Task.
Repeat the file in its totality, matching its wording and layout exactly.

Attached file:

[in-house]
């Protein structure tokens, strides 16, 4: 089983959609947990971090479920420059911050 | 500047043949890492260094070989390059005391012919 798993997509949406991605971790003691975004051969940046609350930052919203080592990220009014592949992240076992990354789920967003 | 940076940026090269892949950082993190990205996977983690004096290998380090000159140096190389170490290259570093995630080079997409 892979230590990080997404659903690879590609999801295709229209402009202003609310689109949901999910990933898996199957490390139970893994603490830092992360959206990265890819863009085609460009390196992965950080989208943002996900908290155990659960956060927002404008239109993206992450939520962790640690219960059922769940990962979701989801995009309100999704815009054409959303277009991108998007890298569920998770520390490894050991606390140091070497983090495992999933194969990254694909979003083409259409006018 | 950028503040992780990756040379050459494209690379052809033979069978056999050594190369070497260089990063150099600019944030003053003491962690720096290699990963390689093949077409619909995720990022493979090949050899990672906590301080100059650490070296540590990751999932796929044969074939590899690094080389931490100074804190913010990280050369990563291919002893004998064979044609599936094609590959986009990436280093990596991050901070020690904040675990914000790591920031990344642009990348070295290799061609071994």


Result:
[in-house]
């Protein structure tokens, strides 16, 4: 089983959609947990971090479920420059911050 | 500047043949890492260094070989390059005391012919 798993997509949406991605971790003691975004051969940046609350930052919203080592990220009014592949992240076992990354789920967003 | 940076940026090269892949950082993190990205996977983690004096290998380090000159140096190389170490290259570093995630080079997409 892979230590990080997404659903690879590609999801295709229209402009202003609310689109949901999910990933898996199957490390139970893994603490830092992360959206990265890819863009085609460009390196992965950080989208943002996900908290155990659960956060927002404008239109993206992450939520962790640690219960059922769940990962979701989801995009309100999704815009054409959303277009991108998007890298569920998770520390490894050991606390140091070497983090495992999933194969990254694909979003083409259409006018 | 950028503040992780990756040379050459494209690379052809033979069978056999050594190369070497260089990063150099600019944030003053003491962690720096290699990963390689093949077409619909995720990022493979090949050899990672906590301080100059650490070296540590990751999932796929044969074939590899690094080389931490100074804190913010990280050369990563291919002893004998064979044609599936094609590959986009990436280093990596991050901070020690904040675990914000790591920031990344642009990348070295290799061609071994």